One man is set to break a word record by leaping from a plane at over 120, 000 feet, freefalling towards the earth at speeds no human has achieved without a machine. Felix Baumgartner has been preparing in New Mexico and is expected to break the sound barrier when he makes his spacedive later this year.
Felix Baumgartner is a well-known Austrian for many reasons. He once set the record for the lowest BASE jump in the world, the highest parachute jump from a building and was the first person to cross the English Channel in free-fall in 2003. His latest adventure sees him jumping out of a plane on the edge of space, at an altitude of 36.7 km, to enjoy the longest and fastest skydive in history. He’ll break a record held for over fifty years by US Air Force Colonel Joe Kittinger, who fell from a height of 31km or 102, 800 feet in 1960, and is one of Baumgartner’s advisors for the project.
Image: Phillip Leara
NASA unsuspectingly created spacediving as the ultimate extreme sport in the 1960s when they began researching and developing orbital escape systems for astronauts. They designed parachutes with personal rockets and inflatable parts to protect astronauts upon re-entry into the earth’s atmosphere. This is where the idea for spacediving was born, and without the technology used to build spacesuits freefalling from these huge heights would be impossible.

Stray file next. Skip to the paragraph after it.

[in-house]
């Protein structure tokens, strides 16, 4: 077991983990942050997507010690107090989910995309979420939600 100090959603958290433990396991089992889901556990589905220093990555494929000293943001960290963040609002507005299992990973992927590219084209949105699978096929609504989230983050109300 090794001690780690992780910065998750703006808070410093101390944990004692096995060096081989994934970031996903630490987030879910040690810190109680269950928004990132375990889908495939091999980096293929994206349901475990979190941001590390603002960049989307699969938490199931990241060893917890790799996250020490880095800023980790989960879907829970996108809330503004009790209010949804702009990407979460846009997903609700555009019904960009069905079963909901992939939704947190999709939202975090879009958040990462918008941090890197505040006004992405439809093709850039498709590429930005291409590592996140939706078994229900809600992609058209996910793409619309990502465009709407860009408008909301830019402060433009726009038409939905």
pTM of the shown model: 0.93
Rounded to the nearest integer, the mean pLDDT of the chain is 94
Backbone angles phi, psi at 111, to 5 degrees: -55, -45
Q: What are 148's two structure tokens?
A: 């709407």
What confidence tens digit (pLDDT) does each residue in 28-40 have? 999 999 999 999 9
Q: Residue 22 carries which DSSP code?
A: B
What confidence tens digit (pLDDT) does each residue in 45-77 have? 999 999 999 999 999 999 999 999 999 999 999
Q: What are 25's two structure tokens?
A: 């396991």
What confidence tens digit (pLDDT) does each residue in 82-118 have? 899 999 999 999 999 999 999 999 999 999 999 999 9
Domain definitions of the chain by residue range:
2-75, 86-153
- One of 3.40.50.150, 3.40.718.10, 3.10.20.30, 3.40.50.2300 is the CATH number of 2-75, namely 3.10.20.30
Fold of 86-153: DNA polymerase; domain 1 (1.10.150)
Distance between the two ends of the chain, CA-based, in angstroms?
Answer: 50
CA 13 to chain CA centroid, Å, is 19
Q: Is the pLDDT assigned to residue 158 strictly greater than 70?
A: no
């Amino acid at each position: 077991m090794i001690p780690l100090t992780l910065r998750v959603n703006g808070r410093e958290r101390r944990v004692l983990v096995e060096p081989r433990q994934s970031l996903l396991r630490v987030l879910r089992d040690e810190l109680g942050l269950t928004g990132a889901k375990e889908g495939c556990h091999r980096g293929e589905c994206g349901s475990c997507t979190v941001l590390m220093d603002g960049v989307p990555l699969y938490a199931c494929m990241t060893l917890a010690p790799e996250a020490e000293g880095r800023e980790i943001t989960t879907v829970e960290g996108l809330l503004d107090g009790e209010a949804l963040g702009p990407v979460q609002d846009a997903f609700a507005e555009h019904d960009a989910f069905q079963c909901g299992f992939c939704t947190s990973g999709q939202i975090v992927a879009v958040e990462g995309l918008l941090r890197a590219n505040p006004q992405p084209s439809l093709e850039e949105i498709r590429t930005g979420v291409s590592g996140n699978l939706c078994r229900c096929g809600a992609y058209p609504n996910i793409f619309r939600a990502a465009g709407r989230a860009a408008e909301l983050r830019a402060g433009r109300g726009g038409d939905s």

Baumgartner will need to wear a pressurised jump suit, which can maintain air pressure and provide an oxygen supply. It’s very similar to space suits worn on spaceshuttles, but even more durable and hard-wearing. If the integrity of the suit is compromised he could be dead in seconds. Human tissue will swell up and the moisture in his face could begin to boil. The suit will also protect him from temperatures as low as minus 70c.
Last month saw Baumgartner put his kit to the test in a preparatory jump in New Mexico from a balloon at a height of 71, 500 feet or 22 km. Eight minutes after jumping he landed safely on the ground, successfully completing the rehearsal for the big jump later in 2012. It’s not known exactly what will happen when he reaches supersonic speeds, as nobody has ever completed a similar jump and there is no method to accurately simulate the experience beforehand.
Skydivers around the world are supporting Baumgartner’s quest, and he has a team of scientists around him to help him plan and execute the jump as safely as possible. His mother, however, as he revealed in this BBC news interview in February, is not entirely happy about it.